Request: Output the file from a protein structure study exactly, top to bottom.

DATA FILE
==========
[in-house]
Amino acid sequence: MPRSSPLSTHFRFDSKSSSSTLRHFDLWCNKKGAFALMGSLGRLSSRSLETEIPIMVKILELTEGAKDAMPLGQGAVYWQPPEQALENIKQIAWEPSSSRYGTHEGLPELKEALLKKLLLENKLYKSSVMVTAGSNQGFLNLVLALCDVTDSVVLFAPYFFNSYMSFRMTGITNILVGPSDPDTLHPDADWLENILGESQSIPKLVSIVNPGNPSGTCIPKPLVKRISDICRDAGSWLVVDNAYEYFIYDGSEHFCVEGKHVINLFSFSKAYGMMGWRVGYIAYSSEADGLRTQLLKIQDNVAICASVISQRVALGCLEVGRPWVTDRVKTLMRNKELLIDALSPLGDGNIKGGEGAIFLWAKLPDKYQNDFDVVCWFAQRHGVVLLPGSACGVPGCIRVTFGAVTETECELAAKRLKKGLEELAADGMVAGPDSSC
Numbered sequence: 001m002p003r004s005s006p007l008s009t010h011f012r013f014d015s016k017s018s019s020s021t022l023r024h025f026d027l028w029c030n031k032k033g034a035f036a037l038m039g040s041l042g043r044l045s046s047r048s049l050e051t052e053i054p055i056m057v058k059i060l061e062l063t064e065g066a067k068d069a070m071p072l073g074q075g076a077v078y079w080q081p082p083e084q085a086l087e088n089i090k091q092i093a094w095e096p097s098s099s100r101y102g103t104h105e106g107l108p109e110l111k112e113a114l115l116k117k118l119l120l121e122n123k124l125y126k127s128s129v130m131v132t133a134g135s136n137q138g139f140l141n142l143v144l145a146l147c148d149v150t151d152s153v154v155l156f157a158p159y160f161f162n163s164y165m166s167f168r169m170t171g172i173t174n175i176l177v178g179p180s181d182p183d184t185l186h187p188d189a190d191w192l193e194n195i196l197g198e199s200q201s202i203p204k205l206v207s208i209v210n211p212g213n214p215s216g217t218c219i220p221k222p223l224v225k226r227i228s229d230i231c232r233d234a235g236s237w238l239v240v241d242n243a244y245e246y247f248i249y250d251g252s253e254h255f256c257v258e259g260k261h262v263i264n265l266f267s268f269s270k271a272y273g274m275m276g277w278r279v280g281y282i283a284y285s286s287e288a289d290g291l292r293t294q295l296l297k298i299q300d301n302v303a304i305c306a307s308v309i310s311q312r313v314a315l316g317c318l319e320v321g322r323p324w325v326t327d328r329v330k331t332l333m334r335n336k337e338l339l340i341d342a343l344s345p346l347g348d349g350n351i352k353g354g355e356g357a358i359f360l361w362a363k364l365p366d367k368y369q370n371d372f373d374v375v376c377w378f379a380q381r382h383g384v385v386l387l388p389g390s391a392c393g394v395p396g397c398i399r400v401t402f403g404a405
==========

[in-house]
Amino acid sequence: MPRSSPLSTHFRFDSKSSSSTLRHFDLWCNKKGAFALMGSLGRLSSRSLETEIPIMVKILELTEGAKDAMPLGQGAVYWQPPEQALENIKQIAWEPSSSRYGTHEGLPELKEALLKKLLLENKLYKSSVMVTAGSNQGFLNLVLALCDVTDSVVLFAPYFFNSYMSFRMTGITNILVGPSDPDTLHPDADWLENILGESQSIPKLVSIVNPGNPSGTCIPKPLVKRISDICRDAGSWLVVDNAYEYFIYDGSEHFCVEGKHVINLFSFSKAYGMMGWRVGYIAYSSEADGLRTQLLKIQDNVAICASVISQRVALGCLEVGRPWVTDRVKTLMRNKELLIDALSPLGDGNIKGGEGAIFLWAKLPDKYQNDFDVVCWFAQRHGVVLLPGSACGVPGCIRVTFGAVTETECELAAKRLKKGLEELAADGMVAGPDSSC
Numbered sequence: 001m002p003r004s005s006p007l008s009t010h011f012r013f014d015s016k017s018s019s020s021t022l023r024h025f026d027l028w029c030n031k032k033g034a035f036a037l038m039g040s041l042g043r044l045s046s047r048s049l050e051t052e053i054p055i056m057v058k059i060l061e062l063t064e065g066a067k068d069a070m071p072l073g074q075g076a077v078y079w080q081p082p083e084q085a086l087e088n089i090k091q092i093a094w095e096p097s098s099s100r101y102g103t104h105e106g107l108p109e110l111k112e113a114l115l116k117k118l119l120l121e122n123k124l125y126k127s128s129v130m131v132t133a134g135s136n137q138g139f140l141n142l143v144l145a146l147c148d149v150t151d152s153v154v155l156f157a158p159y160f161f162n163s164y165m166s167f168r169m170t171g172i173t174n175i176l177v178g179p180s181d182p183d184t185l186h187p188d189a190d191w192l193e194n195i196l197g198e199s200q201s202i203p204k205l206v207s208i209v210n211p212g213n214p215s216g217t218c219i220p221k222p223l224v225k226r227i228s229d230i231c232r233d234a235g236s237w238l239v240v241d242n243a244y245e246y247f248i249y250d251g252s253e254h255f256c257v258e259g260k261h262v263i264n265l266f267s268f269s270k271a272y273g274m275m276g277w278r279v280g281y282i283a284y285s286s287e288a289d290g291l292r293t294q295l296l297k298i299q300d301n302v303a304i305c306a307s308v309i310s311q312r313v314a315l316g317c318l319e320v321g322r323p324w325v326t327d328r329v330k331t332l333m334r335n336k337e338l339l340i341d342a343l344s345p346l347g348d349g350n351i352k353g354g355e356g357a358i359f360l361w362a363k364l365p366d367k368y369q370n371d372f373d374v375v376c377w378f379a380q381r382h383g384v385v386l387l388p389g390s391a392c393g394v395p396g397c398i399r400v401t402f403g404a405